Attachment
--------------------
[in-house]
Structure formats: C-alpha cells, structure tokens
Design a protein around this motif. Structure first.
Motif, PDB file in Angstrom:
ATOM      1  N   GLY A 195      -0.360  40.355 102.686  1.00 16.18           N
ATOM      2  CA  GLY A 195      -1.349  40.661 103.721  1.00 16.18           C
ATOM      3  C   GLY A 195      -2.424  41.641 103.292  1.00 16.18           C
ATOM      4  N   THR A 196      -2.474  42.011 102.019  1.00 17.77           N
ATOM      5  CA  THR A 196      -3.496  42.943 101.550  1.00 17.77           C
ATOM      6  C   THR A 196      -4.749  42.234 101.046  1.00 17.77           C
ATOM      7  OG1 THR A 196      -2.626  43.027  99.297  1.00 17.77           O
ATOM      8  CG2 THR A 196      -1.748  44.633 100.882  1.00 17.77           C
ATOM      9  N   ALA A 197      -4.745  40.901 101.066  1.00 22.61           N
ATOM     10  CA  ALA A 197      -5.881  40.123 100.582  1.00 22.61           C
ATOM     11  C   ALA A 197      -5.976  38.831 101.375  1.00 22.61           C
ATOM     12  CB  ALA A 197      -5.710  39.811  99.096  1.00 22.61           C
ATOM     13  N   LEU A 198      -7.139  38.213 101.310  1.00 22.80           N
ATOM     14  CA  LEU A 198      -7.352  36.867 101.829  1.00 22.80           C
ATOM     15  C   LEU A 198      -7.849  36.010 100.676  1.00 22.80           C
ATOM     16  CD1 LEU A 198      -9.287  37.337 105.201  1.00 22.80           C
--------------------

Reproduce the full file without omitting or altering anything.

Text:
[in-house]
Structure formats: C-alpha cells, structure tokens
Design a protein around this motif. Structure first.
Motif, PDB file in Angstrom:
ATOM      1  N   GLY A 195      -0.360  40.355 102.686  1.00 16.18           N
ATOM      2  CA  GLY A 195      -1.349  40.661 103.721  1.00 16.18           C
ATOM      3  C   GLY A 195      -2.424  41.641 103.292  1.00 16.18           C
ATOM      4  N   THR A 196      -2.474  42.011 102.019  1.00 17.77           N
ATOM      5  CA  THR A 196      -3.496  42.943 101.550  1.00 17.77           C
ATOM      6  C   THR A 196      -4.749  42.234 101.046  1.00 17.77           C
ATOM      7  OG1 THR A 196      -2.626  43.027  99.297  1.00 17.77           O
ATOM      8  CG2 THR A 196      -1.748  44.633 100.882  1.00 17.77           C
ATOM      9  N   ALA A 197      -4.745  40.901 101.066  1.00 22.61           N
ATOM     10  CA  ALA A 197      -5.881  40.123 100.582  1.00 22.61           C
ATOM     11  C   ALA A 197      -5.976  38.831 101.375  1.00 22.61           C
ATOM     12  CB  ALA A 197      -5.710  39.811  99.096  1.00 22.61           C
ATOM     13  N   LEU A 198      -7.139  38.213 101.310  1.00 22.80           N
ATOM     14  CA  LEU A 198      -7.352  36.867 101.829  1.00 22.80           C
ATOM     15  C   LEU A 198      -7.849  36.010 100.676  1.00 22.80           C
ATOM     16  CD1 LEU A 198      -9.287  37.337 105.201  1.00 22.80           C